Those on the picket line say resources are being spread too thin with limited staff – impacting many services, including Child Protective Services. "I have a hard time believing that they're able to keep up with the referrals that are coming in and the calls from the community for children that are at risk of being abused or neglected," said Desmond, who works at the CPS.
But county representatives say they are still providing essential services even though it may take more time to handle requests. "We're triaging the requests that come in to prioritize the more serious ones so that we can respond to those but we're continuing to operate with the resources we have," said John Navarette, Fresno County Administrative Officer.
"It is an inconvenience though," said County resident Julie Carnahan. Carnahan left the County Health building without an immunization shot. "They asked me what I was here for and I said, 'my flu shot,' and they said well there's no nurses here today," she said. County staff asked her to return Thursday when nurses would be back on the job.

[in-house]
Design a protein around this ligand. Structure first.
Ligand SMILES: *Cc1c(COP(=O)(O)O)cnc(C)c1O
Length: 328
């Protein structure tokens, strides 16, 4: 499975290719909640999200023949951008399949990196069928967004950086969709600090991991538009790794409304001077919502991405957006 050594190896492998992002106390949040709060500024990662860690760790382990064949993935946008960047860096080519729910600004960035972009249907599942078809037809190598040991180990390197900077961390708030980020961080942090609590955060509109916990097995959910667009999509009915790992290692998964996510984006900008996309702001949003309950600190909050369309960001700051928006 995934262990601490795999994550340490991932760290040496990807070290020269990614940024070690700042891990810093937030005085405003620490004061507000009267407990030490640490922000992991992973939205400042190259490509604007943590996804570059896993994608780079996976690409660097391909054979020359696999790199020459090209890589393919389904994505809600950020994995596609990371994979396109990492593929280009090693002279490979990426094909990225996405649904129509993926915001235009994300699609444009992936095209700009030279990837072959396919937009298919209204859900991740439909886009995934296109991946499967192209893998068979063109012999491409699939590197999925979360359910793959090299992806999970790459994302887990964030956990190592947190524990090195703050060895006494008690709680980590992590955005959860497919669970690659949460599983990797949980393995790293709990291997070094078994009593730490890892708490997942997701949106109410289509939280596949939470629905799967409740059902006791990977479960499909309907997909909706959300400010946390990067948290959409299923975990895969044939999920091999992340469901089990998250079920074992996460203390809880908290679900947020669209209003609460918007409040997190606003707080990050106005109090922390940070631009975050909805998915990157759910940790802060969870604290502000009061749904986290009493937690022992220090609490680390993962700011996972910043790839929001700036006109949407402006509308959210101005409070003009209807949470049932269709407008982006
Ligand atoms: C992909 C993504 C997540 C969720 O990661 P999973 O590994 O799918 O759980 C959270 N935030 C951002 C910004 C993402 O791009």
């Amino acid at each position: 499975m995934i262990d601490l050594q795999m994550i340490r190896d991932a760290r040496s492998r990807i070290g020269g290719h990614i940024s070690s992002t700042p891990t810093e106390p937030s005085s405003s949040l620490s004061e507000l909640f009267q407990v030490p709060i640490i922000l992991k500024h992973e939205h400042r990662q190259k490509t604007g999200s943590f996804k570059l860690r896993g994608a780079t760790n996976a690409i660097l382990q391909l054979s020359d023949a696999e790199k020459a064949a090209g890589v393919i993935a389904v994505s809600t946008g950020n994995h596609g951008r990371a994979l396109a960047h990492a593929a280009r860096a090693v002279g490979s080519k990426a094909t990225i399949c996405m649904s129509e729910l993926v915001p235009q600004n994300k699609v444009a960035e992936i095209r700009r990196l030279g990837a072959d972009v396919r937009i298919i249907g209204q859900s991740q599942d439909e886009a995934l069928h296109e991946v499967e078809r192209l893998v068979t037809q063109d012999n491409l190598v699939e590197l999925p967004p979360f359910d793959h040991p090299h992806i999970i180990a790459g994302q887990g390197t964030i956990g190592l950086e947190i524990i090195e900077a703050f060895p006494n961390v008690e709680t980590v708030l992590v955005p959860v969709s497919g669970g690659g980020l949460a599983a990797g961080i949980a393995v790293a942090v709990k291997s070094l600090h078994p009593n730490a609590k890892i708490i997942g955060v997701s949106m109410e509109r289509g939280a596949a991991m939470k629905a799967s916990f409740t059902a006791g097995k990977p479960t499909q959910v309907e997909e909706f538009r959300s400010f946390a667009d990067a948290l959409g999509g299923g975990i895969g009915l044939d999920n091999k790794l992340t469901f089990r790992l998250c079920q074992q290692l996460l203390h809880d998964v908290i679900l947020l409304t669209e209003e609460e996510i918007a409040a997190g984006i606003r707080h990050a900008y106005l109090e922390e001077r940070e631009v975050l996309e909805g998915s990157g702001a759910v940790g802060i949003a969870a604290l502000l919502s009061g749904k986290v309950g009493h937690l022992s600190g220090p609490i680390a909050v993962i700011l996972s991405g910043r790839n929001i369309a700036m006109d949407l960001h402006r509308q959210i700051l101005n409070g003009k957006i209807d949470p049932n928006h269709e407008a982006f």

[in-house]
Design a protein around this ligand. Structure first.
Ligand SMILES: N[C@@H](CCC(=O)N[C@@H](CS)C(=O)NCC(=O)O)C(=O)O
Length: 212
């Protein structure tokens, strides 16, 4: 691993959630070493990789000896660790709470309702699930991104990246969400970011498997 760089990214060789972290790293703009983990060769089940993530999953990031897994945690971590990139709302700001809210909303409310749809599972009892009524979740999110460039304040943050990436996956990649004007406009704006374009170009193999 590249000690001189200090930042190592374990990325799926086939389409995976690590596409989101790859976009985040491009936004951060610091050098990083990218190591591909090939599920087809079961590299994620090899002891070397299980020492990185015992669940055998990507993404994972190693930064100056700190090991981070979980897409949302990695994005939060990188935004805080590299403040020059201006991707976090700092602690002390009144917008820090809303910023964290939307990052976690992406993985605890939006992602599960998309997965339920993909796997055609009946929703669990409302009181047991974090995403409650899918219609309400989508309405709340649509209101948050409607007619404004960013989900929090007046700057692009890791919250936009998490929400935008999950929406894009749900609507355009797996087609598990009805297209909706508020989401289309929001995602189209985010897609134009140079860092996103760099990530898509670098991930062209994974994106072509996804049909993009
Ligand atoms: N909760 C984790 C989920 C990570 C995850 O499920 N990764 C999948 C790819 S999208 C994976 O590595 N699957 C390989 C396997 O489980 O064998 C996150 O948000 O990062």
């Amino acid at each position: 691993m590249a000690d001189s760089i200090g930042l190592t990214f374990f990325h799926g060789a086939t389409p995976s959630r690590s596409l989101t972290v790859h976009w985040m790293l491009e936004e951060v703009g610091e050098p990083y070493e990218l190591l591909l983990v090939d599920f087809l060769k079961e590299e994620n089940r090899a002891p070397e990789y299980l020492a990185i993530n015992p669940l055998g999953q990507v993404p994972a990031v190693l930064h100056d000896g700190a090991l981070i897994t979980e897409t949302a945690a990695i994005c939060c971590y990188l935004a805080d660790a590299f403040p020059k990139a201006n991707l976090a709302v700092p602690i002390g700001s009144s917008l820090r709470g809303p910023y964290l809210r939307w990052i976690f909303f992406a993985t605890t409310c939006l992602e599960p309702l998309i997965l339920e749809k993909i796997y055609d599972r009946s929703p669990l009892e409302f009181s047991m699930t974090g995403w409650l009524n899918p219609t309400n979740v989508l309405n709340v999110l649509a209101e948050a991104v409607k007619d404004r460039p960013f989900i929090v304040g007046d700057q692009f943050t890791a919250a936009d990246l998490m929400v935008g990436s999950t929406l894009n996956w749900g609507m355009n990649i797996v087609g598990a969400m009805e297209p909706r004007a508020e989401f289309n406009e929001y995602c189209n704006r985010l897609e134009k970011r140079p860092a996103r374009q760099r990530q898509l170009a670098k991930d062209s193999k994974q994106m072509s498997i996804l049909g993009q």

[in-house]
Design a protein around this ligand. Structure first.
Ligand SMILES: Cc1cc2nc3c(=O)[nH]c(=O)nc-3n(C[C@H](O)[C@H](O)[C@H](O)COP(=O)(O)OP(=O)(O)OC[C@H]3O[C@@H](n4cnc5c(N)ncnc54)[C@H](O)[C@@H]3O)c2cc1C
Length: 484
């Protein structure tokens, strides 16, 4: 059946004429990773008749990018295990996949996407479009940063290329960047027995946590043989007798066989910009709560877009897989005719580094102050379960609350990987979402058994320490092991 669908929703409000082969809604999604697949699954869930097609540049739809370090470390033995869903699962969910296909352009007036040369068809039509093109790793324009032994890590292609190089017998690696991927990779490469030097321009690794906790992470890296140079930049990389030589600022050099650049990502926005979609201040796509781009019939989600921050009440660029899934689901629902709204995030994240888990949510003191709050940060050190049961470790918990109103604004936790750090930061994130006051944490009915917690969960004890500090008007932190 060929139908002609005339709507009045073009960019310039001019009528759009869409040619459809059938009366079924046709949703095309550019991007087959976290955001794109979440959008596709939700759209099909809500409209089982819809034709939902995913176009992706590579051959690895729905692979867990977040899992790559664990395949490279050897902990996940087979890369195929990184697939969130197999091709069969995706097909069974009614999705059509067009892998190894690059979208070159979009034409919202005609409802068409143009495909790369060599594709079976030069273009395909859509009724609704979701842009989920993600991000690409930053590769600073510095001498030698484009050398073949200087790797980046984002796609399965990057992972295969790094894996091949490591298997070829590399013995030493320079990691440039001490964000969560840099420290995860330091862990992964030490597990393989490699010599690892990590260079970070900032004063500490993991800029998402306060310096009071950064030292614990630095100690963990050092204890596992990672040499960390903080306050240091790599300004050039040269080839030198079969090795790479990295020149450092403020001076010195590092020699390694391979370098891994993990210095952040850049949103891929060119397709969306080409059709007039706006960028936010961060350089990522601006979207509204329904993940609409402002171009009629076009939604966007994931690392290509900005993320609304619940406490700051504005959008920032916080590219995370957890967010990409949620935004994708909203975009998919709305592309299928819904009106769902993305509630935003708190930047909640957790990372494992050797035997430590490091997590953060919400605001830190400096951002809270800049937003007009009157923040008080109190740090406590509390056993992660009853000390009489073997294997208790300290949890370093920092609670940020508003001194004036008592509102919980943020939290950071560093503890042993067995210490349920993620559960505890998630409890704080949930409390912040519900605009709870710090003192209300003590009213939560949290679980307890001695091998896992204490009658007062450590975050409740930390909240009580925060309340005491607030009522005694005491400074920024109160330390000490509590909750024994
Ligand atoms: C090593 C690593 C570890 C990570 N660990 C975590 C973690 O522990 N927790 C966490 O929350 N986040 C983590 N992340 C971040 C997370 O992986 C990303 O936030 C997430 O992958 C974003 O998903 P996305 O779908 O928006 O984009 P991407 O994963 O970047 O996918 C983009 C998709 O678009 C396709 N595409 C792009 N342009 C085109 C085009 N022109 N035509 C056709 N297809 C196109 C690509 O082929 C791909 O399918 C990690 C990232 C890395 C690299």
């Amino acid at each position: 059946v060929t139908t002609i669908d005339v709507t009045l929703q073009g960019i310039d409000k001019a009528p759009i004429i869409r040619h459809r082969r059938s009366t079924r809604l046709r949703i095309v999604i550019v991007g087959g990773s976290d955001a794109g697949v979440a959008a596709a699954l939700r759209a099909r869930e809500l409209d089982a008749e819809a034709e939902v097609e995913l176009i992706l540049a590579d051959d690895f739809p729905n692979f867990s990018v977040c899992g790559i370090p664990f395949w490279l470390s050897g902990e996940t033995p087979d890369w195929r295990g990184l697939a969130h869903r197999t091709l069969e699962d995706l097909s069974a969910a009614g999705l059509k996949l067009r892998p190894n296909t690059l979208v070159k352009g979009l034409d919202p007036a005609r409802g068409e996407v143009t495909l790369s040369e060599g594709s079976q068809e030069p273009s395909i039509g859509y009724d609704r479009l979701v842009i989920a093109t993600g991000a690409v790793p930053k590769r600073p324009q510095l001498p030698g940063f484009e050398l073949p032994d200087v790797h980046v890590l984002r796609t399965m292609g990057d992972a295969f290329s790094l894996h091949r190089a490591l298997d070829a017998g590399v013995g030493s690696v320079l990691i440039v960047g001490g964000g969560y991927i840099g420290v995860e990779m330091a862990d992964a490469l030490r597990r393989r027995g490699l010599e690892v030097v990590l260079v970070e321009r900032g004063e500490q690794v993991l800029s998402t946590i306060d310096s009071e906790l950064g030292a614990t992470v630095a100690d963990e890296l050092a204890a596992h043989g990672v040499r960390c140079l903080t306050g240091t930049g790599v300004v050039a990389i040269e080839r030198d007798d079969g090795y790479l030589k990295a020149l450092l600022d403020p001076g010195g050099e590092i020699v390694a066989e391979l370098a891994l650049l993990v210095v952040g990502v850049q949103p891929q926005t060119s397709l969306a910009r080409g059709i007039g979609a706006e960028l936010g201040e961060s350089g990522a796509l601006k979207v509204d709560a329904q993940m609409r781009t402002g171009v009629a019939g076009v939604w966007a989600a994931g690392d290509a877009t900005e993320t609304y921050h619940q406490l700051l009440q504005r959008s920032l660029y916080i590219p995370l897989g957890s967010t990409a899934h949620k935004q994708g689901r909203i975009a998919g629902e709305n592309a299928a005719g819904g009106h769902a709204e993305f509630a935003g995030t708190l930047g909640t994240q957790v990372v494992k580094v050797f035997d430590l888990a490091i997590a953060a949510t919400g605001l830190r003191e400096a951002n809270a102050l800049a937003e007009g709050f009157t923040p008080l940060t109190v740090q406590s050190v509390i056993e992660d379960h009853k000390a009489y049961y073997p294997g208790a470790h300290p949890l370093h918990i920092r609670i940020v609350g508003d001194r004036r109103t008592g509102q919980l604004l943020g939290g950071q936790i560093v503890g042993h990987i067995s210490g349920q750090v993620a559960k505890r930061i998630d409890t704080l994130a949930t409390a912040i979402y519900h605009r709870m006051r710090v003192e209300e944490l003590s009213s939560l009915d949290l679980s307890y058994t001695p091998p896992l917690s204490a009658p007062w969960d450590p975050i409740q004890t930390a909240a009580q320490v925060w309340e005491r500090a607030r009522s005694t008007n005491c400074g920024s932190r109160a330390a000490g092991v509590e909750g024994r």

Both sides will meet with the California Public Employee Relations Board Thursday in Sacramento. "We're going up there to see if we can come to some agreement to get back to the bargaining table," said Sandra Schillaci, a SEIU negotiator.
Navarette said he's looking forward to the meeting. "It will hopefully clear up this matter and show that the County did in fact not bargain in bad faith," said Navarette.
In the meantime, County workers are expected to return to work Thursday morning.